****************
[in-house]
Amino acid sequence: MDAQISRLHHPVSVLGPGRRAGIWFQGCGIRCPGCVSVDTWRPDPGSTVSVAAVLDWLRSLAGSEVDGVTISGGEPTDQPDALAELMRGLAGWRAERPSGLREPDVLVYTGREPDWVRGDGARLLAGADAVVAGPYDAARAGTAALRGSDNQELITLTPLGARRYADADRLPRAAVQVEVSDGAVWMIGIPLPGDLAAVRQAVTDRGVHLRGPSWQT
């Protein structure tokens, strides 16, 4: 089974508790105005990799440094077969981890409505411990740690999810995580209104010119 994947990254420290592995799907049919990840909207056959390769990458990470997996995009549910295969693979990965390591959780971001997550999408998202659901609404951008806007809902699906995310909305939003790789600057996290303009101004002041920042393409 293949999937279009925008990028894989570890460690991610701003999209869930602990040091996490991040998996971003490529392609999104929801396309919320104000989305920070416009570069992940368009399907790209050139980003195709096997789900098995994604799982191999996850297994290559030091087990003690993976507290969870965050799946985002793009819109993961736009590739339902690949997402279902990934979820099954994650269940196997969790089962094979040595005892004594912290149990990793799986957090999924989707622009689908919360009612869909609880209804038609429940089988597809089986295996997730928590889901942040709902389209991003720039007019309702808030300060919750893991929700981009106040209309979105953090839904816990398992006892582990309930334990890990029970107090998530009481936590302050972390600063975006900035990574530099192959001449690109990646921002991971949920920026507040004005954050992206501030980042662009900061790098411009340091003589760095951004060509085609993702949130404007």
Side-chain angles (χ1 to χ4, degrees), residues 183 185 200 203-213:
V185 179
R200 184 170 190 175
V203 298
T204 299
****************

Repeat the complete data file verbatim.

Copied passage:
[in-house]
Amino acid sequence: MDAQISRLHHPVSVLGPGRRAGIWFQGCGIRCPGCVSVDTWRPDPGSTVSVAAVLDWLRSLAGSEVDGVTISGGEPTDQPDALAELMRGLAGWRAERPSGLREPDVLVYTGREPDWVRGDGARLLAGADAVVAGPYDAARAGTAALRGSDNQELITLTPLGARRYADADRLPRAAVQVEVSDGAVWMIGIPLPGDLAAVRQAVTDRGVHLRGPSWQT
């Protein structure tokens, strides 16, 4: 089974508790105005990799440094077969981890409505411990740690999810995580209104010119 994947990254420290592995799907049919990840909207056959390769990458990470997996995009549910295969693979990965390591959780971001997550999408998202659901609404951008806007809902699906995310909305939003790789600057996290303009101004002041920042393409 293949999937279009925008990028894989570890460690991610701003999209869930602990040091996490991040998996971003490529392609999104929801396309919320104000989305920070416009570069992940368009399907790209050139980003195709096997789900098995994604799982191999996850297994290559030091087990003690993976507290969870965050799946985002793009819109993961736009590739339902690949997402279902990934979820099954994650269940196997969790089962094979040595005892004594912290149990990793799986957090999924989707622009689908919360009612869909609880209804038609429940089988597809089986295996997730928590889901942040709902389209991003720039007019309702808030300060919750893991929700981009106040209309979105953090839904816990398992006892582990309930334990890990029970107090998530009481936590302050972390600063975006900035990574530099192959001449690109990646921002991971949920920026507040004005954050992206501030980042662009900061790098411009340091003589760095951004060509085609993702949130404007």
Side-chain angles (χ1 to χ4, degrees), residues 183 185 200 203-213:
V185 179
R200 184 170 190 175
V203 298
T204 299